Elam succeeds in the wake of tragedy

Matt Elam has always been able to run hard and fast, but only upon slowing down did he become a truly fabulous high school football player, and a more promising person.

Blessed with golden DNA, the same mix of genes that has landed brother Abram Elam with the NFL's Browns, ESPNU's No. 13-ranked senior in the nation has otherwise been doubly cursed.

If your 12-year-old sister had been murdered when you were 8 and your oldest brother murdered last year in the very same park of your neighborhood, chances are you'd be a flight risk, too.

But the running back-safety is not running now unless he's playing. Dwyer High (Palm Beach Gardens) won its first Florida state title Saturday in the Class 4A championship game against Niceville, 42-14, in large measure because Matt Elam has carried the Panthers.

A young man who could have slithered into the margins of the hard-knocks suburbs north of Palm Beach, Fla., where crime and dropout rates are high, and chances for success are disproportionately low -- he was on the way down, in fact -- instead has been driven by watching his mother go twice to hell and back.

He was a bad kid. Mean. A fighter. Addie Lewis helped change some of that, a mother mandating that her son change schools several years ago. Most of the rest of the rehab credit goes to Elam, a high-B/low-A student ready to graduate early, and -- presumably -- enroll next month at the University of Florida.

Changes have been made.

Elam still has an edge and remains a skeptic. He's tuned in, though; he seems to get it.

"I'm more mature, and I handle situations better," he said. "I felt like I had to make a difference with my mom because she was losing her kids. It wouldn't make her feel good [if he continued on a crooked path]."

ESPNU ranks the 6-foot-1, 205-pound senior as the No. 2 athlete in the nation, and Elam's athleticism has always been bountiful. Before transferring from Palm Beach Gardens High before his junior year, he was (and remains) a starter on the basketball and football teams. He has run track, and he played on a state championship lacrosse team last season at Dwyer.

For a long time, however, he was a mess off the field.

He was just 8 when his sister Christina, then 12, was shot and killed on a playground. "She was fighting a girl [earlier that day], and her [fellow combatant's] brother came back," Matt said. "I wear her number; 22 was her favorite number."

Abram Elam rushed from home to hold his fallen sister, but it was too late. Christina's killer is now in prison.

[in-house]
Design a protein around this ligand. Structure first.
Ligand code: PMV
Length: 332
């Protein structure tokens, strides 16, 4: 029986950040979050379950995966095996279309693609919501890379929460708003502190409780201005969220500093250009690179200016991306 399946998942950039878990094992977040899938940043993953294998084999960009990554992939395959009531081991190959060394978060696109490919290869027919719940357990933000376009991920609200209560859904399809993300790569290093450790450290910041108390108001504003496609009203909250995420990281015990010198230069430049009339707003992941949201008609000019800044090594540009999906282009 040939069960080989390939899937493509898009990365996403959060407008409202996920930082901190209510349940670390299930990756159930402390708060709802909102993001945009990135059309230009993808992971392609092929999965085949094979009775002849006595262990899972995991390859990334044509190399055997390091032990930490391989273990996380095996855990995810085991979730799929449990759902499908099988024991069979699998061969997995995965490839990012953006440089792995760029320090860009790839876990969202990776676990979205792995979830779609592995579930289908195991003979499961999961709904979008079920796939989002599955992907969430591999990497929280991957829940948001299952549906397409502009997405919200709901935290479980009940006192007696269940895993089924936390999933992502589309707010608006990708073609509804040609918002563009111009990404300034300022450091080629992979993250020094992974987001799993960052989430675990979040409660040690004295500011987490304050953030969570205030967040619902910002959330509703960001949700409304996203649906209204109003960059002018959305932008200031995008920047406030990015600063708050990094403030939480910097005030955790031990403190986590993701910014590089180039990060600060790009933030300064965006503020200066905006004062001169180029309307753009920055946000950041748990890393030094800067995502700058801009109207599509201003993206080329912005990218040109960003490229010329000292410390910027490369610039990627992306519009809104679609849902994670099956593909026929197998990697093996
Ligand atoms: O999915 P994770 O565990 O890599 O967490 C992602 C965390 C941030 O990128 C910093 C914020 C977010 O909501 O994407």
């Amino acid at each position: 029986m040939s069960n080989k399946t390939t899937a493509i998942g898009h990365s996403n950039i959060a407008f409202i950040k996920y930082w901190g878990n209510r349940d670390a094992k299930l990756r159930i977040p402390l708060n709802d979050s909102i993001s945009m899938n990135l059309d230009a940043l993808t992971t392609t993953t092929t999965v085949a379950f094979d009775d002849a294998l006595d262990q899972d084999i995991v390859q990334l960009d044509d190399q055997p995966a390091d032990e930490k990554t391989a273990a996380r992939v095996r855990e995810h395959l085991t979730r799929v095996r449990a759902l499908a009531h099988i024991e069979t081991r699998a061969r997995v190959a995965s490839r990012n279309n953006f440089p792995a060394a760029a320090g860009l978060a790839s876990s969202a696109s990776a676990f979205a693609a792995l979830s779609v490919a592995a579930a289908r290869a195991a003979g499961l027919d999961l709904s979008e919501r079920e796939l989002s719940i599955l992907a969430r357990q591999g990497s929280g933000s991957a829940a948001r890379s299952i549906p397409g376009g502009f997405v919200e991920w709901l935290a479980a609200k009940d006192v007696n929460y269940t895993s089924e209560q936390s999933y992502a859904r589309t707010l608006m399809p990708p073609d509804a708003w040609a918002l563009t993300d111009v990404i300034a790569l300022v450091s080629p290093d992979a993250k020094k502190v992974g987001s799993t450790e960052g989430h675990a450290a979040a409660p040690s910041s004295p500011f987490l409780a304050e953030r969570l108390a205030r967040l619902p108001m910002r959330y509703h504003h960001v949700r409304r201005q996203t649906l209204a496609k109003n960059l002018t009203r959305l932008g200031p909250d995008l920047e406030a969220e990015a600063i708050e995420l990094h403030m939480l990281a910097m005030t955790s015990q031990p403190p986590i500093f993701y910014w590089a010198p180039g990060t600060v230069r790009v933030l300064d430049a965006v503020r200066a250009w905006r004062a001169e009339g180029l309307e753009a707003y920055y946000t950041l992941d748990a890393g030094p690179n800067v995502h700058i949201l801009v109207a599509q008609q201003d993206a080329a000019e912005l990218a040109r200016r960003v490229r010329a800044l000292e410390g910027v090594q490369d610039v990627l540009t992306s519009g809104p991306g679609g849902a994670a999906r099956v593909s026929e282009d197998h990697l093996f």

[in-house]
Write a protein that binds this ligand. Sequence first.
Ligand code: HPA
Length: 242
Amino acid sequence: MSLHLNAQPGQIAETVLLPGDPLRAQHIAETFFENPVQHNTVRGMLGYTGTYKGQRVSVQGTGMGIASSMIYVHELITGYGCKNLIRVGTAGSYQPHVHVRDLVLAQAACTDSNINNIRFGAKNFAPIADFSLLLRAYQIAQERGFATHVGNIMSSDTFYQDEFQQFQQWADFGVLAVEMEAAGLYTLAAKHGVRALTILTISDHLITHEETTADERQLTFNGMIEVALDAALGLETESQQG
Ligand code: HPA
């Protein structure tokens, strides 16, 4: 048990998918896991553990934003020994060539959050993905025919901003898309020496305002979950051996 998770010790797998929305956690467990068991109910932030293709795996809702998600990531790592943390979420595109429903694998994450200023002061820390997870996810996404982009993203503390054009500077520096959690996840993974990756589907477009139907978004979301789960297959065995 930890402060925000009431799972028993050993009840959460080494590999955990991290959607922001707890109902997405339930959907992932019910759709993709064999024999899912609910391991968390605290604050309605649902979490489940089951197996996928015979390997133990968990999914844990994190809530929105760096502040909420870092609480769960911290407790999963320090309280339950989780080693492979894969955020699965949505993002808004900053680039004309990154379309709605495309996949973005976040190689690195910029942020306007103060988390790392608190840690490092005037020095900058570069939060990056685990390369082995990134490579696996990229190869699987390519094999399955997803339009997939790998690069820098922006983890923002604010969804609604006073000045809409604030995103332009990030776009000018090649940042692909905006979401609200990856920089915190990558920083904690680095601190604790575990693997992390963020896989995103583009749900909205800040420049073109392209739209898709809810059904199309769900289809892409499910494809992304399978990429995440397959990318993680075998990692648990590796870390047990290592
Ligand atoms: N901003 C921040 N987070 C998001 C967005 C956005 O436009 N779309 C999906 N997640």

A couple of years after his sister was murdered, Elam's mother moved him to another school to help him avoid the trouble he was routinely finding.

But this is not a story about an angry youth turning soft. It's about a recalibration.

"I wouldn't say it helped me a lot, but it slowed me down, got me out of a crowd," Elam said. "I would lose my temper a lot, fighting and stuff like that."

There was anger-management counseling, too.

"I don't think it helped at all," Elam said. "All you did was sit down and talk about things you did, things you should have done."

The tough skin is still there. Over time, though, messages began sinking in that previously did not.

Several suburbs north of Palm Beach are tough -- and are talent hotbeds. Kansas City Chiefs safety DaJuan Morgan and Bears return ace/wide receiver Devin Hester are from the area, and so are former NFL players Anthony Carter and Barrett Green and high-profile basketball players Richard Rellford and Anthony Goldwire, among others.

Soon after older brother Donald Elam was killed in a still unsolved murder in the spring of 2008, Matt transferred from Palm Beach Lakes High to Dwyer via No Child Left Behind guidelines that allow students to change schools if theirs are underperforming academically.

He arrived with a reputation that wasn't perfect.

"Since he's been here, I definitely haven't seen that side," said Reggie Stanley, the running backs coach at Dwyer. "He was in the weight room every day in the summer, been at every practice. It's amazing how this kid picks up things. He wants to get better and make people around him better."